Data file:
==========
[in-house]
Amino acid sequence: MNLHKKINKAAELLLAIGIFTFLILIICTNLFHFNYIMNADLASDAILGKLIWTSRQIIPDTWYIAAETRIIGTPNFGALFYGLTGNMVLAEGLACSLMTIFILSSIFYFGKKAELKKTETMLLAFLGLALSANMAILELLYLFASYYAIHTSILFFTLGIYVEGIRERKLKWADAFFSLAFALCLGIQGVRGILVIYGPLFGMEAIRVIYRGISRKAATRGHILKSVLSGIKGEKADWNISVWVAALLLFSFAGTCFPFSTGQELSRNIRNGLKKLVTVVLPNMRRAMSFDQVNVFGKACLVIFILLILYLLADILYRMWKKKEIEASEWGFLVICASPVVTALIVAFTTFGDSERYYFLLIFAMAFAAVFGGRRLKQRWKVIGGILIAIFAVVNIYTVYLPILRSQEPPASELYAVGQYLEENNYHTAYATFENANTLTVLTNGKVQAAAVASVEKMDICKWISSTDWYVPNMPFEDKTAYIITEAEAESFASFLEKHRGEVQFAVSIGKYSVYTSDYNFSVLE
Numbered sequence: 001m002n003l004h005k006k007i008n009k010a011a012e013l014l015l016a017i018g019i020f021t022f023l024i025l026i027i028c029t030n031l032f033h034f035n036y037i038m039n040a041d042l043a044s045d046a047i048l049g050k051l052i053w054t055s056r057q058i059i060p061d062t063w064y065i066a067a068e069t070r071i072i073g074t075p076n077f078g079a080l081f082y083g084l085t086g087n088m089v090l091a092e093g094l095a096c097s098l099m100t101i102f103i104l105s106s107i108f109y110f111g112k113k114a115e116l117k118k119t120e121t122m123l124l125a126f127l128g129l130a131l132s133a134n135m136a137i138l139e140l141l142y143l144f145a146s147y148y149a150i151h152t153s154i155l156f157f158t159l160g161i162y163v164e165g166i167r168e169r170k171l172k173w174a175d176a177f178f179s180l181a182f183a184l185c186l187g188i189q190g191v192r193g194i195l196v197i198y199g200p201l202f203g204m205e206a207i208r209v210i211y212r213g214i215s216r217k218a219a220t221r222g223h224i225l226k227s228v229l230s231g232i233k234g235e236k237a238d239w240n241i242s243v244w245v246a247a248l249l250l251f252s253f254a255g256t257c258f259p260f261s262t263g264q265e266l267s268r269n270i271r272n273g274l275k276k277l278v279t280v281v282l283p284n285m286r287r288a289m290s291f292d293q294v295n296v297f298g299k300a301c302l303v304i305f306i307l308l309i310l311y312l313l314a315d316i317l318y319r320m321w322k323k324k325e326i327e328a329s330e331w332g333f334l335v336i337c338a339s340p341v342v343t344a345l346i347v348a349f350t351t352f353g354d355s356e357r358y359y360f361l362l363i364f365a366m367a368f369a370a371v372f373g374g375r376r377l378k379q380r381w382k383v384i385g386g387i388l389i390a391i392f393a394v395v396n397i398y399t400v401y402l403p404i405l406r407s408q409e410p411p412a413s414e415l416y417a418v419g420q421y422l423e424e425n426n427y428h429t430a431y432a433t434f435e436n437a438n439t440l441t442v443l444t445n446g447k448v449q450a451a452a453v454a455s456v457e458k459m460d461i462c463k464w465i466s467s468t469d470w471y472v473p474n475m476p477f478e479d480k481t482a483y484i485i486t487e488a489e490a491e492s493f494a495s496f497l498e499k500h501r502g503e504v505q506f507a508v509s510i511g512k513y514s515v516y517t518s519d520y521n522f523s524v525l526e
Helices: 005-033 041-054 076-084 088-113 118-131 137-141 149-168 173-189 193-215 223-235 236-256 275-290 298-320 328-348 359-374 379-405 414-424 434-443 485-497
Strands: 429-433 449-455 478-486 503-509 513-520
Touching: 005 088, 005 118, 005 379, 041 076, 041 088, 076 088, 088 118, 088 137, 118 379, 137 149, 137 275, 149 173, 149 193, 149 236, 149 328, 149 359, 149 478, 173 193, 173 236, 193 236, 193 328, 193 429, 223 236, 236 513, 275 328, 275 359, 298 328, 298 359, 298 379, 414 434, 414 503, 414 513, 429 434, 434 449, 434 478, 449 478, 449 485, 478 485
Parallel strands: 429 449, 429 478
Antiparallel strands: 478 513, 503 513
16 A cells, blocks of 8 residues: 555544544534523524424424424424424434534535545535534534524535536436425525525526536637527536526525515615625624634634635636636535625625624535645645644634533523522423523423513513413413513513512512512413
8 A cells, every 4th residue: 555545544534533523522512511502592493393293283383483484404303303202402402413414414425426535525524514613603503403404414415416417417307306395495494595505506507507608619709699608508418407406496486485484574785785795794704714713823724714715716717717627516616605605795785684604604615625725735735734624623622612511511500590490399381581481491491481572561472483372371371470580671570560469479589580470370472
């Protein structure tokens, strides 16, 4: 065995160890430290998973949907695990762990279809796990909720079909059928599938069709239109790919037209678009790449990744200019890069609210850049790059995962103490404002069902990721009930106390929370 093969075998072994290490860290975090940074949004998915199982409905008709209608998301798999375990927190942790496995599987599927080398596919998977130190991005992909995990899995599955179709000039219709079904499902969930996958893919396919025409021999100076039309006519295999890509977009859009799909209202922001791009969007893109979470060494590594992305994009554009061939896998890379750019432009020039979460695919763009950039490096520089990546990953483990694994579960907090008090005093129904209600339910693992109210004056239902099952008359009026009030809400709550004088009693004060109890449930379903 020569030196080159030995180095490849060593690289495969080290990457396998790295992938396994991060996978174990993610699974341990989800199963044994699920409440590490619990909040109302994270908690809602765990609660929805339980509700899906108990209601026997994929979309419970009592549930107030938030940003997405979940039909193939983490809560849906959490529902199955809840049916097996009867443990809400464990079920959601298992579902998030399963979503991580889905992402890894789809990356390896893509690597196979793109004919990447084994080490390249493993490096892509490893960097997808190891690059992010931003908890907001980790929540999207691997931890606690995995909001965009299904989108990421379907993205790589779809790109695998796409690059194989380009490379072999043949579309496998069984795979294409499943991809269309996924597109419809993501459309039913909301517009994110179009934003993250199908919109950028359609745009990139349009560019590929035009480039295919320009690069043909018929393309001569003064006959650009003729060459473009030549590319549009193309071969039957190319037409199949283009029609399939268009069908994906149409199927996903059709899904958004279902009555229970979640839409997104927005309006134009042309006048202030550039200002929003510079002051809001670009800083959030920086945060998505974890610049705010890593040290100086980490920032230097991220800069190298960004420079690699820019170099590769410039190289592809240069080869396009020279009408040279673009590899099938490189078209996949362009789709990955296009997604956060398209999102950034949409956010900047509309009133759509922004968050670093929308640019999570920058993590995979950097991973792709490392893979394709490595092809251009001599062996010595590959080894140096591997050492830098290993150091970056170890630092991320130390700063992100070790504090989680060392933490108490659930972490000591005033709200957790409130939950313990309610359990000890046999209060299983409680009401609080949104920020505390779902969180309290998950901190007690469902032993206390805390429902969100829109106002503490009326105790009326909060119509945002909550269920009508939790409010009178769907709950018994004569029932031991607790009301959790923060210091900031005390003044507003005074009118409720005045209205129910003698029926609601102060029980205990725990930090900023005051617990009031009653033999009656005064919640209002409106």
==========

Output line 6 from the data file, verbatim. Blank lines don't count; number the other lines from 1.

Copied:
Touching: 005 088, 005 118, 005 379, 041 076, 041 088, 076 088, 088 118, 088 137, 118 379, 137 149, 137 275, 149 173, 149 193, 149 236, 149 328, 149 359, 149 478, 173 193, 173 236, 193 236, 193 328, 193 429, 223 236, 236 513, 275 328, 275 359, 298 328, 298 359, 298 379, 414 434, 414 503, 414 513, 429 434, 434 449, 434 478, 449 478, 449 485, 478 485